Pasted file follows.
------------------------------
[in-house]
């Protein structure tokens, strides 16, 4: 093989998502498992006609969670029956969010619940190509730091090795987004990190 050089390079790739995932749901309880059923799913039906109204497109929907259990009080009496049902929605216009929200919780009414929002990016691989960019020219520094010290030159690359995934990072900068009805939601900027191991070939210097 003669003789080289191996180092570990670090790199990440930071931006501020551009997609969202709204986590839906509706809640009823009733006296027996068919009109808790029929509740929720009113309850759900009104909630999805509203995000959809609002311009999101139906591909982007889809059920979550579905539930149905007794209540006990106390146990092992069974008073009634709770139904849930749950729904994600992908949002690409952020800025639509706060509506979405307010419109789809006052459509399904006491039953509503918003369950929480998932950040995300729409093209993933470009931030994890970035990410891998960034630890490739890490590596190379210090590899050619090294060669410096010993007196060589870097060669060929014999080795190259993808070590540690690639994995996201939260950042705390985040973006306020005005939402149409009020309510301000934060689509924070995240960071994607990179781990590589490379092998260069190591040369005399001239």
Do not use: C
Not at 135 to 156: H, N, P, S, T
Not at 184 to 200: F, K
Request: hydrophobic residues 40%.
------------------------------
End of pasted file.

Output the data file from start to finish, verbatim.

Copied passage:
[in-house]
């Protein structure tokens, strides 16, 4: 093989998502498992006609969670029956969010619940190509730091090795987004990190 050089390079790739995932749901309880059923799913039906109204497109929907259990009080009496049902929605216009929200919780009414929002990016691989960019020219520094010290030159690359995934990072900068009805939601900027191991070939210097 003669003789080289191996180092570990670090790199990440930071931006501020551009997609969202709204986590839906509706809640009823009733006296027996068919009109808790029929509740929720009113309850759900009104909630999805509203995000959809609002311009999101139906591909982007889809059920979550579905539930149905007794209540006990106390146990092992069974008073009634709770139904849930749950729904994600992908949002690409952020800025639509706060509506979405307010419109789809006052459509399904006491039953509503918003369950929480998932950040995300729409093209993933470009931030994890970035990410891998960034630890490739890490590596190379210090590899050619090294060669410096010993007196060589870097060669060929014999080795190259993808070590540690690639994995996201939260950042705390985040973006306020005005939402149409009020309510301000934060689509924070995240960071994607990179781990590589490379092998260069190591040369005399001239």
Do not use: C
Not at 135 to 156: H, N, P, S, T
Not at 184 to 200: F, K
Request: hydrophobic residues 40%.